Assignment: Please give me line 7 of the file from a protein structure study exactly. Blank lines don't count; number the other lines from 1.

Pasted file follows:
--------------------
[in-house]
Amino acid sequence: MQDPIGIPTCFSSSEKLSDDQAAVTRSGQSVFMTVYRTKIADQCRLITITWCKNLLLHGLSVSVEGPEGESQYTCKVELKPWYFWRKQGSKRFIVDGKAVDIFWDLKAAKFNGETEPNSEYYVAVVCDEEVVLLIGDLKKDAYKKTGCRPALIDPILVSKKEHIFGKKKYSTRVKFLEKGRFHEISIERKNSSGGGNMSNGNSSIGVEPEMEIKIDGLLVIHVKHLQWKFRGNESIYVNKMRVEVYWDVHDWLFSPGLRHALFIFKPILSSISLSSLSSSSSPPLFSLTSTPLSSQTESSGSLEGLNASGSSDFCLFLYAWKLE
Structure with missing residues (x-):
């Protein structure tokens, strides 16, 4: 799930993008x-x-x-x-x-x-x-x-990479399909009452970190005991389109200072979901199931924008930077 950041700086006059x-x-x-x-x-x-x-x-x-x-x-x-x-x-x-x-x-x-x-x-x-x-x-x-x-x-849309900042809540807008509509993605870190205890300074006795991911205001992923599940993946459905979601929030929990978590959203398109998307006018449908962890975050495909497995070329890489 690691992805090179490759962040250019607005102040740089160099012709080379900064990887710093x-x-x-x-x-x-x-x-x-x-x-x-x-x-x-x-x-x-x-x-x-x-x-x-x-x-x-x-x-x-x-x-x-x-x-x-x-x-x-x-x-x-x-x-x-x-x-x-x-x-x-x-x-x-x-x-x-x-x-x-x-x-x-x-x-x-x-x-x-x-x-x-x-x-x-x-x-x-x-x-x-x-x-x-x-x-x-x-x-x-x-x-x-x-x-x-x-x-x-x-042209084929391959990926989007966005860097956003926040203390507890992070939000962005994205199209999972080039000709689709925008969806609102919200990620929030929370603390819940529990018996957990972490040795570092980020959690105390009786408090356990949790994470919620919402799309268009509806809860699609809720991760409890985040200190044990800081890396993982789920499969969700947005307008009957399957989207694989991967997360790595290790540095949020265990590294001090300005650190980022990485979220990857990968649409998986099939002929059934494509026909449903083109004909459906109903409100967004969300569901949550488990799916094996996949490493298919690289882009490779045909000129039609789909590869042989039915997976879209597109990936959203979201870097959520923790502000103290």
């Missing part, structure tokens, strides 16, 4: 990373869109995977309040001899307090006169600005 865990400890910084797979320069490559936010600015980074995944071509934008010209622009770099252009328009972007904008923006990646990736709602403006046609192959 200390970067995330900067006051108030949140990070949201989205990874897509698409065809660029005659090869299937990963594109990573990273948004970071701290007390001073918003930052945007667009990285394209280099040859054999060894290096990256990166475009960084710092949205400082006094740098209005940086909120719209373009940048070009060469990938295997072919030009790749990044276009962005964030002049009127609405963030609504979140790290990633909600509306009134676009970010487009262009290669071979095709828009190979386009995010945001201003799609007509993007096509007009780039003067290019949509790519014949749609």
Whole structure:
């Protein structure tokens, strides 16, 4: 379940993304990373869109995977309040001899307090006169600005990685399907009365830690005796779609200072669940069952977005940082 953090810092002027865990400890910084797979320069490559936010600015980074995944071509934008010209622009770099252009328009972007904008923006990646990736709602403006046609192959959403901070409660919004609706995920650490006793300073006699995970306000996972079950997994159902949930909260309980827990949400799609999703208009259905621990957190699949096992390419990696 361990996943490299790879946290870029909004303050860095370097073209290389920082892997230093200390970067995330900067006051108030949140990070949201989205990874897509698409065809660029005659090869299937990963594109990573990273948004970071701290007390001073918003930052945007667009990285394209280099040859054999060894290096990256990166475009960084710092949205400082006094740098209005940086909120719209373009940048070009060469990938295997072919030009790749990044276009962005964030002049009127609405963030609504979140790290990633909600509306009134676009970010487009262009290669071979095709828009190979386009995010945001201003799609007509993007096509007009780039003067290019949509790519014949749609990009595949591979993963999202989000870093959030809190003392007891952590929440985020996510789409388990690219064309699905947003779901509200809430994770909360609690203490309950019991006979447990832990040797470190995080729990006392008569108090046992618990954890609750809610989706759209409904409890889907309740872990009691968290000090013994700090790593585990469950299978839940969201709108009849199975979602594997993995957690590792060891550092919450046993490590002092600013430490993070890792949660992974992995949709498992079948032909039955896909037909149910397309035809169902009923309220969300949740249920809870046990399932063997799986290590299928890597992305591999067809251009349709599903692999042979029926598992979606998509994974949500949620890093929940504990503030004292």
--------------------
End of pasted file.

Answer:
């Protein structure tokens, strides 16, 4: 379940993304990373869109995977309040001899307090006169600005990685399907009365830690005796779609200072669940069952977005940082 953090810092002027865990400890910084797979320069490559936010600015980074995944071509934008010209622009770099252009328009972007904008923006990646990736709602403006046609192959959403901070409660919004609706995920650490006793300073006699995970306000996972079950997994159902949930909260309980827990949400799609999703208009259905621990957190699949096992390419990696 361990996943490299790879946290870029909004303050860095370097073209290389920082892997230093200390970067995330900067006051108030949140990070949201989205990874897509698409065809660029005659090869299937990963594109990573990273948004970071701290007390001073918003930052945007667009990285394209280099040859054999060894290096990256990166475009960084710092949205400082006094740098209005940086909120719209373009940048070009060469990938295997072919030009790749990044276009962005964030002049009127609405963030609504979140790290990633909600509306009134676009970010487009262009290669071979095709828009190979386009995010945001201003799609007509993007096509007009780039003067290019949509790519014949749609990009595949591979993963999202989000870093959030809190003392007891952590929440985020996510789409388990690219064309699905947003779901509200809430994770909360609690203490309950019991006979447990832990040797470190995080729990006392008569108090046992618990954890609750809610989706759209409904409890889907309740872990009691968290000090013994700090790593585990469950299978839940969201709108009849199975979602594997993995957690590792060891550092919450046993490590002092600013430490993070890792949660992974992995949709498992079948032909039955896909037909149910397309035809169902009923309220969300949740249920809870046990399932063997799986290590299928890597992305591999067809251009349709599903692999042979029926598992979606998509994974949500949620890093929940504990503030004292």